Friday, January 23, 2009

Review: Inaugural Arts Performances

During the inauguration on Tuesday, there were three events related to the arts: Aretha Franklin (pictured above) singing "My Country, 'Tis of Thee," a quartet performing "Air and Simple Gifts," and Elizabeth Alexander reciting her poem "Praise Song for the Day." Overall, they were successful, but I'm not convinced they were all performed to their best. Few could argue that Aretha is one of the queens of soul music. We all love Aretha, and her performance of the American patriotic standard we all sang in grammar school was excellent. Her command over the piece was most evident in the third verse where she used her voice to repeat in every imaginable melodic way the words "let freedom ring," recitative-style as in Baroque opera. But what will we remember best about her performance? That amazing hat that she wore, carrying herself in the tradition of Southern black women wearing their best hats to church (The New York Times called it "an outsized, glamorized church-lady hat"). Word has come out in the news that both Franklin's performance and that of the quartet were partly prerecorded. Franklin sang, but the music and background chorus was prerecorded (well, that was a bit obvious, since a chorus was nowhere in sight). The quartet's performance of John Williams's "Air and Simple Gifts" was quite beautiful, even if the Obama children were getting a bit restless. Williams is best known to people for his instrumental scores to blockbuster movies like Star Wars. Apparently the version of "Air and Simple Gifts" we heard was prerecorded as well. The quartet (Itzhak Perlman on violin, Yo-Yo Ma on cello, Gabriella Montero on piano, and Anthony McGill on clarinet) did actually perform live, but their sound was not amplified, so only those in the immediate vicinity could hear them. To be honest, I was shocked that they were doing it live because it was so cold. Having played piano for many years, I can attest to the near impossibility of performing any instrument with cold hands. Your limbs need to be limber (interesting word play there) in order to maximize musical output. So I'm not disturbed that it was prerecorded. I still have to download the piece though, because I do think it had some wonderful parts, although my memory tells me the clarinet was lost in the recording. Of course, the whole thing would have been better had Joshua Bell (one of my fantasy boyfriends) had been performing on the violin, but that's just my opinion. As for Elizabeth Alexander's poem, I admit I was disappointed by her delivery of it. She spoke clearly, articulating each word, but I felt that by doing that she ruined the overall tone of the poem itself. You're better off reading the poem on your own. It has more meaning that way. It follows in the Walt Whitman tradition of American patriotism and the middle/working classes. I don't think it's a great poem. Maya Angelou's inaugural poem for President Clinton in 1992 still gives me chills with its opening words, "A rock, a river, a tree." But Alexander's poem does still speak loudly about the idea of America, and how love and patriotism work hand-in-hand to help define an America we dream will come. The webpages for MSNBC have articles on each of the performances with video clips, so if you want to read/see more, click here for the quartet and click here for Alexander's poem and her reading. Below is the video of Aretha Franklin's performance (or click here to see it on MSNBC).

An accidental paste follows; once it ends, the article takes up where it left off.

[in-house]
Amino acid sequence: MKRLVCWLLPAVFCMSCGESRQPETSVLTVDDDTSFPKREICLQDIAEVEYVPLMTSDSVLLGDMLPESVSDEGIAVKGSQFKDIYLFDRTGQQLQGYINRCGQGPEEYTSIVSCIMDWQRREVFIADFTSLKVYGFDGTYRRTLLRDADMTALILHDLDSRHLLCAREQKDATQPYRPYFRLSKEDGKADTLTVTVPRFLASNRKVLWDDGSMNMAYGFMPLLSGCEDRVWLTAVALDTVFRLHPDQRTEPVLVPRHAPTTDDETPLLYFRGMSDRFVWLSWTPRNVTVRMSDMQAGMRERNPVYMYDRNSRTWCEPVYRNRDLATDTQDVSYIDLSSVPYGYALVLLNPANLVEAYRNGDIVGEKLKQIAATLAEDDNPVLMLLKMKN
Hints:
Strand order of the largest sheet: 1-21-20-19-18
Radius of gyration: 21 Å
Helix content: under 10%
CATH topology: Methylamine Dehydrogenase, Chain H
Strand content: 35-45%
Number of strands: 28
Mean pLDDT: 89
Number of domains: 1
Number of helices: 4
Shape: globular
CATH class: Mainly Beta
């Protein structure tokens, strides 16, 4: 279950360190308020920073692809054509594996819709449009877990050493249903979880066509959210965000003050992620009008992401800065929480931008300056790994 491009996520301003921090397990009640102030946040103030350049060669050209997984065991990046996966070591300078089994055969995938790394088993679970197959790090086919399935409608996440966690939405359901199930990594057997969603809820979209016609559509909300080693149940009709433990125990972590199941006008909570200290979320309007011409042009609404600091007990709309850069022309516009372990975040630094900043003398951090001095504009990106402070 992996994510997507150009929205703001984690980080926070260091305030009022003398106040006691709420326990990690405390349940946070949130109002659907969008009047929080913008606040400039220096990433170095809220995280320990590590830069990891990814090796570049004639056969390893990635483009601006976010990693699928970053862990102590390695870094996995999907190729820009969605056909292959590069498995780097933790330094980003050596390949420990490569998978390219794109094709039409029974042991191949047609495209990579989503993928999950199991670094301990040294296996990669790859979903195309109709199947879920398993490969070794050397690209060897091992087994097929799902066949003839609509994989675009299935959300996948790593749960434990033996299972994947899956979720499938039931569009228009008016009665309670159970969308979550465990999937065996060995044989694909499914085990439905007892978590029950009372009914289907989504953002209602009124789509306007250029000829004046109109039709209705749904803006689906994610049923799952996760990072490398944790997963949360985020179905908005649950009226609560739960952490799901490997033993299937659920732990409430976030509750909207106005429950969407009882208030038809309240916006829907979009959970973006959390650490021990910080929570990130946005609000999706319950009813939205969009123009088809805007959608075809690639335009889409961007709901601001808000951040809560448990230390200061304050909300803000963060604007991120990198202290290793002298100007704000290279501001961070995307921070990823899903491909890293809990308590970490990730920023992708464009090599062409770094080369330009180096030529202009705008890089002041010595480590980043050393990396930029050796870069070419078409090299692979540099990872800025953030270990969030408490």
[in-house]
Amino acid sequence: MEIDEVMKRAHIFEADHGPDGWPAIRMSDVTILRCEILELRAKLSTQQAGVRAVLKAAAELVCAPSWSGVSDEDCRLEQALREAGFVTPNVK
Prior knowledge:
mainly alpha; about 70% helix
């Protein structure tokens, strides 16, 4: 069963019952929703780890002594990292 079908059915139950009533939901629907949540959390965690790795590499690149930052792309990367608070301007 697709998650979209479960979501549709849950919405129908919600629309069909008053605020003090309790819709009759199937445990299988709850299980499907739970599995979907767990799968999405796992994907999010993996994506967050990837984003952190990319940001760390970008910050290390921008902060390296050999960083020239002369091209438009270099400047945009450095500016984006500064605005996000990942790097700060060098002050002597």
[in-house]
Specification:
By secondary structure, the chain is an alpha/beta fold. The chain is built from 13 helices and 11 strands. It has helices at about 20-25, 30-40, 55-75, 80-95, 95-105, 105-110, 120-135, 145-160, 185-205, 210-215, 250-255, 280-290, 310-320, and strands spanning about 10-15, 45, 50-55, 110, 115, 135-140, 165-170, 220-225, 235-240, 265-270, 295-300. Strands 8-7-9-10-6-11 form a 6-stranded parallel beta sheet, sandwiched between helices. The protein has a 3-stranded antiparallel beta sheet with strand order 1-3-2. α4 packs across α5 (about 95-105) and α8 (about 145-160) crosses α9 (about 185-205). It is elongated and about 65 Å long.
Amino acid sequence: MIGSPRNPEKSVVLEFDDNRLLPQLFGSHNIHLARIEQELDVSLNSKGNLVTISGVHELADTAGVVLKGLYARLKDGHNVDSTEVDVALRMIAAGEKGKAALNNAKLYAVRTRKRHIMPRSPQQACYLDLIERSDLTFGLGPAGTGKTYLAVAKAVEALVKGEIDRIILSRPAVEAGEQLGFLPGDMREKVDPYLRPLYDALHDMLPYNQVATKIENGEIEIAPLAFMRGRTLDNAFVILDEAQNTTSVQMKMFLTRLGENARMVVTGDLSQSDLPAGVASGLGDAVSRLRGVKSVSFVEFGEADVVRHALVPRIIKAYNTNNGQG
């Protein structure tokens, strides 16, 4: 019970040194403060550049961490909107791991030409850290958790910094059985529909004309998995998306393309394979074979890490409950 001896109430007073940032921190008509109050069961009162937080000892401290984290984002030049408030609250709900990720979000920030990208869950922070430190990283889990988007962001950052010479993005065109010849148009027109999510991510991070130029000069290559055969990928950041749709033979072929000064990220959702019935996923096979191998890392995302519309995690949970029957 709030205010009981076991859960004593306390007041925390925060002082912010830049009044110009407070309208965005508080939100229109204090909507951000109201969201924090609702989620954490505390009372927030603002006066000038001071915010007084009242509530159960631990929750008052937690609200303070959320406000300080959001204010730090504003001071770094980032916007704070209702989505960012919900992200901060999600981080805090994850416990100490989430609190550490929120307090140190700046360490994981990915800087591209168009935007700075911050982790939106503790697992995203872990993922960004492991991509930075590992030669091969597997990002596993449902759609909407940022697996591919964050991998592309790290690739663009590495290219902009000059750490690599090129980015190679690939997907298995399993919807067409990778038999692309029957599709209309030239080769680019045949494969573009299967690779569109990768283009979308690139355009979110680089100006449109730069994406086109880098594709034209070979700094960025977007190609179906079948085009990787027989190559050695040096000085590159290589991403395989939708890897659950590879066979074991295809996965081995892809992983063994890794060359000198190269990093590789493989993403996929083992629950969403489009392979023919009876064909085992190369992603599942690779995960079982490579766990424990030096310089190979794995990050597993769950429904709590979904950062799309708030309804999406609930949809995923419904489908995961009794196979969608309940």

1 comment:

paulran said...

It was wonderful to see the arts a part of the inauguration. There's a funny clip from Colbert where he says that whoever was on camera at precisely noon is the new president: Yo-Yo Ma!